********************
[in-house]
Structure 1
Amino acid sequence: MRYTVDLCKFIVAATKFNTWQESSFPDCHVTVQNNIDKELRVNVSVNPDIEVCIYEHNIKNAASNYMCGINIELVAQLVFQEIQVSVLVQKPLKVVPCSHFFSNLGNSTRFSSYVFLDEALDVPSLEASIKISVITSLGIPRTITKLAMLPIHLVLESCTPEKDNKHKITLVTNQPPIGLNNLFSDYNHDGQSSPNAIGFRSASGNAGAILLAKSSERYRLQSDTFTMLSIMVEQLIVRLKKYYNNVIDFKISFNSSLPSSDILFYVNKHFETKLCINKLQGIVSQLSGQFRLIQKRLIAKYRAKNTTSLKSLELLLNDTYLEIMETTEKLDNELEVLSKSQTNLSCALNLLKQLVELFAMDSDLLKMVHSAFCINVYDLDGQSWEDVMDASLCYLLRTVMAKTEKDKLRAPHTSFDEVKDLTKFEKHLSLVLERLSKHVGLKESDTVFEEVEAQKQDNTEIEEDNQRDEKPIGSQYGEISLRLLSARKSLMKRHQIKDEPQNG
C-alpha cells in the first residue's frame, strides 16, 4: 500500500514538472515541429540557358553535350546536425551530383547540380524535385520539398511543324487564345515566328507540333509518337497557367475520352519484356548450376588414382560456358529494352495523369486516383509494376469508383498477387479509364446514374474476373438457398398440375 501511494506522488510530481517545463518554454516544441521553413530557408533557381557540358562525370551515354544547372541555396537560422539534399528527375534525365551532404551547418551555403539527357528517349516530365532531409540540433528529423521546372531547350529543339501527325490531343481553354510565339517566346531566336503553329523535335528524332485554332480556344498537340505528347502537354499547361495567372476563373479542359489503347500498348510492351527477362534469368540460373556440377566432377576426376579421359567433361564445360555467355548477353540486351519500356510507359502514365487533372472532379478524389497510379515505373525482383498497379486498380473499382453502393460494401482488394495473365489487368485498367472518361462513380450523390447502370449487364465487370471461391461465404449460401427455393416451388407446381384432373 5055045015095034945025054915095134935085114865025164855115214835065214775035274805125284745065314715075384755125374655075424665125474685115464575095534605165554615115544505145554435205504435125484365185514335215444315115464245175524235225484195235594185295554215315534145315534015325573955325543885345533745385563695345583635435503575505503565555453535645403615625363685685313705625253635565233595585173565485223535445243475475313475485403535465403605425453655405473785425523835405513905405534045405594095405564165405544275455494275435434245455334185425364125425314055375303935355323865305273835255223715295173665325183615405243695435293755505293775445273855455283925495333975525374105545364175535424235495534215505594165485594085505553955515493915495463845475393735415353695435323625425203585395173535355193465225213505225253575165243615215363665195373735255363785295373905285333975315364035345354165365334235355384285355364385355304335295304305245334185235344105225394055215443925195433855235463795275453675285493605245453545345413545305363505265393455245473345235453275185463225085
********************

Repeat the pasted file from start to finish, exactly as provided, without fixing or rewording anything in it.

[in-house]
Structure 1
Amino acid sequence: MRYTVDLCKFIVAATKFNTWQESSFPDCHVTVQNNIDKELRVNVSVNPDIEVCIYEHNIKNAASNYMCGINIELVAQLVFQEIQVSVLVQKPLKVVPCSHFFSNLGNSTRFSSYVFLDEALDVPSLEASIKISVITSLGIPRTITKLAMLPIHLVLESCTPEKDNKHKITLVTNQPPIGLNNLFSDYNHDGQSSPNAIGFRSASGNAGAILLAKSSERYRLQSDTFTMLSIMVEQLIVRLKKYYNNVIDFKISFNSSLPSSDILFYVNKHFETKLCINKLQGIVSQLSGQFRLIQKRLIAKYRAKNTTSLKSLELLLNDTYLEIMETTEKLDNELEVLSKSQTNLSCALNLLKQLVELFAMDSDLLKMVHSAFCINVYDLDGQSWEDVMDASLCYLLRTVMAKTEKDKLRAPHTSFDEVKDLTKFEKHLSLVLERLSKHVGLKESDTVFEEVEAQKQDNTEIEEDNQRDEKPIGSQYGEISLRLLSARKSLMKRHQIKDEPQNG
C-alpha cells in the first residue's frame, strides 16, 4: 500500500514538472515541429540557358553535350546536425551530383547540380524535385520539398511543324487564345515566328507540333509518337497557367475520352519484356548450376588414382560456358529494352495523369486516383509494376469508383498477387479509364446514374474476373438457398398440375 501511494506522488510530481517545463518554454516544441521553413530557408533557381557540358562525370551515354544547372541555396537560422539534399528527375534525365551532404551547418551555403539527357528517349516530365532531409540540433528529423521546372531547350529543339501527325490531343481553354510565339517566346531566336503553329523535335528524332485554332480556344498537340505528347502537354499547361495567372476563373479542359489503347500498348510492351527477362534469368540460373556440377566432377576426376579421359567433361564445360555467355548477353540486351519500356510507359502514365487533372472532379478524389497510379515505373525482383498497379486498380473499382453502393460494401482488394495473365489487368485498367472518361462513380450523390447502370449487364465487370471461391461465404449460401427455393416451388407446381384432373 5055045015095034945025054915095134935085114865025164855115214835065214775035274805125284745065314715075384755125374655075424665125474685115464575095534605165554615115544505145554435205504435125484365185514335215444315115464245175524235225484195235594185295554215315534145315534015325573955325543885345533745385563695345583635435503575505503565555453535645403615625363685685313705625253635565233595585173565485223535445243475475313475485403535465403605425453655405473785425523835405513905405534045405594095405564165405544275455494275435434245455334185425364125425314055375303935355323865305273835255223715295173665325183615405243695435293755505293775445273855455283925495333975525374105545364175535424235495534215505594165485594085505553955515493915495463845475393735415353695435323625425203585395173535355193465225213505225253575165243615215363665195373735255363785295373905285333975315364035345354165365334235355384285355364385355304335295304305245334185235344105225394055215443925195433855235463795275453675285493605245453545345413545305363505265393455245473345235453275185463225085